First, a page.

After six centuries, there’s little left to learn about Michelangelo’s Sistine Chapel ceiling painting. But wait, something new has surfaced that undercuts his reputation set forth by his fellow Renaissance painters that he was “The Divine One.”

The Observer reports that a sketch of a nude male’s back is a preparatory red chalk drawing for the figure fighting serpents in the Sistine Chapel ceiling painting. Paul Joannides, the preeminent authority on Michelangelo, has authenticated the sketch.

This is big news

Any preparatory sketch for the Sistine Chapel ceiling is a rarity.

As art historian Giorgio Vasari made clear in his 1550 book “The Lives of the Most Excellent Painters, Sculptors, and Architects,” Michelangelo burned a “large number” of his drawings for the ceiling painting.

By way of explaining the destruction of the sketches, Vasari said that just before Michelangelo died, he set the drawings on fire “to prevent anyone from seeing the labors he endured...for fear he might seem less than perfect.”

Did you get that? Michelangelo worried about maintaining his image, the one perpetuated by his colleagues that he was divine. Or, as Vasari put it, that “God sent him to bring absolute perfection to Earth.”

Getting tagged as God’s gift to the world must have been hard to live up to.

Clearly, Michelangelo sought to make Vasari’s praise of his “absolute perfection” real. By destroying his drawings, he gave the impression that his work was spontaneous without the artist’s usual struggle.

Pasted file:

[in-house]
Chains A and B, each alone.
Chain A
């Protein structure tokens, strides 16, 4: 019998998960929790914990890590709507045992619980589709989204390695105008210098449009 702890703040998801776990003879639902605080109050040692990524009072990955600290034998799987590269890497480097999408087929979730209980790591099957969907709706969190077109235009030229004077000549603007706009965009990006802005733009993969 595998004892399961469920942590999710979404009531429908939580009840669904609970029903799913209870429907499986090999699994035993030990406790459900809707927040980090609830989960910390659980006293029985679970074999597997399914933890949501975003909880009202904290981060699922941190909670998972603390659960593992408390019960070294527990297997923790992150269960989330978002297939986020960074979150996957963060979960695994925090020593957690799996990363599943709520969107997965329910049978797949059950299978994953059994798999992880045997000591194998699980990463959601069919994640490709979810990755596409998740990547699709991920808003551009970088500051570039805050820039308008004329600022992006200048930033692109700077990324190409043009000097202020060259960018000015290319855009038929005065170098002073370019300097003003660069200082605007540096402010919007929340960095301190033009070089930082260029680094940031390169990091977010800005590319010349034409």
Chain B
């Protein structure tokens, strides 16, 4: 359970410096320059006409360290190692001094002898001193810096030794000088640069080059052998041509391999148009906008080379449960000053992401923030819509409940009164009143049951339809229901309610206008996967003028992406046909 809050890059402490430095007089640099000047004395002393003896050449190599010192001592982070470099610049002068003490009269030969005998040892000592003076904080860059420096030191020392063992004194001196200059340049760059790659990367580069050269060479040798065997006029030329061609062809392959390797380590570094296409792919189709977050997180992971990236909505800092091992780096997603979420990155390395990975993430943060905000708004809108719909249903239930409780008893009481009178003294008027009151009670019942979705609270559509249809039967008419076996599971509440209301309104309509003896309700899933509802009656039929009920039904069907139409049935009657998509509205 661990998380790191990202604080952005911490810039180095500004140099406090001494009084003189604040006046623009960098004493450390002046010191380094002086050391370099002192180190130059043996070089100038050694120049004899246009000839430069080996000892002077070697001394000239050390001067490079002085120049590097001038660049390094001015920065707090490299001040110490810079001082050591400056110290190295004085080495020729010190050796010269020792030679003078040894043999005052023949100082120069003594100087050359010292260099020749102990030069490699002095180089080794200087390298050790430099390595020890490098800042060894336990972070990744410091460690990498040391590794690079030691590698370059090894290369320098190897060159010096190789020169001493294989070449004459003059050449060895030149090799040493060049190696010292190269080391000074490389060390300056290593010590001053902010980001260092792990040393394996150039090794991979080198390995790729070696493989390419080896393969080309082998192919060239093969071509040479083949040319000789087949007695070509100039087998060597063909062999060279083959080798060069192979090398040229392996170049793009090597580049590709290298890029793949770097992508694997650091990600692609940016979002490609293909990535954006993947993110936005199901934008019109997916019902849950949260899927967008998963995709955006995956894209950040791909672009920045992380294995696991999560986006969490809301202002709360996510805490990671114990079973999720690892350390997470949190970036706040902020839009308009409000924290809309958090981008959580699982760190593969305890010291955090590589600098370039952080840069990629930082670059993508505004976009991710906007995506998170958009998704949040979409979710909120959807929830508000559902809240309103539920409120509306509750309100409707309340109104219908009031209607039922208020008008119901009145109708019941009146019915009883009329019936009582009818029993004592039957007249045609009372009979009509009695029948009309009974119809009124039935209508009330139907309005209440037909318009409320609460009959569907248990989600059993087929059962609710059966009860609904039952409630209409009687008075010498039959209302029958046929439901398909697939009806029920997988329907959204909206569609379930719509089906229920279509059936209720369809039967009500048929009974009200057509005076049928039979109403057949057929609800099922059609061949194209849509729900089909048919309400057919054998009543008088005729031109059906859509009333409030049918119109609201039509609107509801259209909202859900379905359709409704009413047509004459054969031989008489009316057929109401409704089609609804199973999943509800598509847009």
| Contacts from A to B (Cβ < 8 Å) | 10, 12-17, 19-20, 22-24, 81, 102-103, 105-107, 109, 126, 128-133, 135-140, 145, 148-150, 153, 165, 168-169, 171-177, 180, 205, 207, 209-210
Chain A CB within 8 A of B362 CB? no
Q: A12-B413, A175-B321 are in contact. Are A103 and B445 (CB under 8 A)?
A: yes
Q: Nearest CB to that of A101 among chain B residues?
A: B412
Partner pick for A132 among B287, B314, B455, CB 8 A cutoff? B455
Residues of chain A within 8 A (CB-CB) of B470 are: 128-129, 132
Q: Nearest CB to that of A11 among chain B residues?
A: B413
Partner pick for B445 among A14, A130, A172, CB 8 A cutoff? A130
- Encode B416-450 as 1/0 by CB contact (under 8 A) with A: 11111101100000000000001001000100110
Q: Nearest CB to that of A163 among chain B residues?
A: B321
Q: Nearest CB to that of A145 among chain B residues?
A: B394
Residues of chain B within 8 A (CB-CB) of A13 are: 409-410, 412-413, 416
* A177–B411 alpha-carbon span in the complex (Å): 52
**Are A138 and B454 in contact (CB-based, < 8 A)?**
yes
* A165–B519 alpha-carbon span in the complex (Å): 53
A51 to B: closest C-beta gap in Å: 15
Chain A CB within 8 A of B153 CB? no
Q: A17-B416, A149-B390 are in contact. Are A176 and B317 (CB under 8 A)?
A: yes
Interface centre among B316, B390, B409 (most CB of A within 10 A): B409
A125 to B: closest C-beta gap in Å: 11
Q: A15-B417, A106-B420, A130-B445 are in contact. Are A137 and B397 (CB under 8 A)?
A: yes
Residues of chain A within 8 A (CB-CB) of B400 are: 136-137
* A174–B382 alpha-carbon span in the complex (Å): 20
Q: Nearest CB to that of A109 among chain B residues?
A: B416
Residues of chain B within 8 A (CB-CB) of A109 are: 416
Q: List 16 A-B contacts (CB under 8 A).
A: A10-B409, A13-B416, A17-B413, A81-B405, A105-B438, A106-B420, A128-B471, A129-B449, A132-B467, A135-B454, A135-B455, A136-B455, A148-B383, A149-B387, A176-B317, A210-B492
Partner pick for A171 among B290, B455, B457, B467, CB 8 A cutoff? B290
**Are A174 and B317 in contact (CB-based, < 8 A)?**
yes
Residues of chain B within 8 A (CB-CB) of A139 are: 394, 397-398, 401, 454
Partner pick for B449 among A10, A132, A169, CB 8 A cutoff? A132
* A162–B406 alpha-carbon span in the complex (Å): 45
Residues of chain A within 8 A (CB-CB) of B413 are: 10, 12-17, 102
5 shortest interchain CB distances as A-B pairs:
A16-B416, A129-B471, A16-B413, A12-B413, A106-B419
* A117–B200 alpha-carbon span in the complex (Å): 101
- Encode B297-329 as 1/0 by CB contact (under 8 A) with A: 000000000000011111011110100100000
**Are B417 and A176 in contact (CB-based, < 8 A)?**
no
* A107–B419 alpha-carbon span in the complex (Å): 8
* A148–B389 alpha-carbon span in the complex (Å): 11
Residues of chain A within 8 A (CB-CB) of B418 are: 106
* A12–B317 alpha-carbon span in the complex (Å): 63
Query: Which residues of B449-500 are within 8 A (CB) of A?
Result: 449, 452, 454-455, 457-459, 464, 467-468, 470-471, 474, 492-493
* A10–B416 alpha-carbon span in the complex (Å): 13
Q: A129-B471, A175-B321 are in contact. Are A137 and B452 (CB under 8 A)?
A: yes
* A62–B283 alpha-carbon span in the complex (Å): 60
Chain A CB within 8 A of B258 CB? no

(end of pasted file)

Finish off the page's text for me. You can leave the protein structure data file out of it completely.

When it comes to the usual struggles, the High Renaissance’s other great master painter Raphael comes to mind. In his search for ideal beauty, he made plain that he worried he wasn’t as good as people said he was.

Referring to a painting for one of his clients, he wrote: “Whether this is possessed of any artistic excellence, I do not know. But I strive to attain it.” Unlike Michelangelo, Raphael freely admitted the struggle.

I rush to say that Michelangelo did his striving in an out-of-the-ordinary way – painting the Chapel ceiling while lying on his back looking upward for four years.

Now that’s an incontestable bragging right.

What Ginger Rogers said

Painting the complete story of Creation on a ceiling on one’s back is reminiscent of what Fred Astaire’s dance partner Ginger Rogers said when he was praised as the better dancer:“ I did everything that he did, but backward and in high heels.”

Michelangelo should have gone with something like that: remind the world of laboring on his back with his face turned up. This so impaired his eyesight that he couldn’t read or look at his drawings except with his head turned backward for several months.

Yet, in this contorted position, Michelangelo achieved perfect form and foreshortening, not to mention a wide range of differently posed figure types of all shapes and ages.

Despite his arduous efforts, he refused to acknowledge it.

In a conversation with his friend Vittoria Colonna, recorded by Francisco De Hollanda, he said: "To copy the human figure seems to me to be indeed to imitate the work of God."

By destroying his preparatory drawings, Michelangelo kept the myth going that he didn’t struggle to get his figures perfect. He only had to "imitate the work of God." Easy peasy.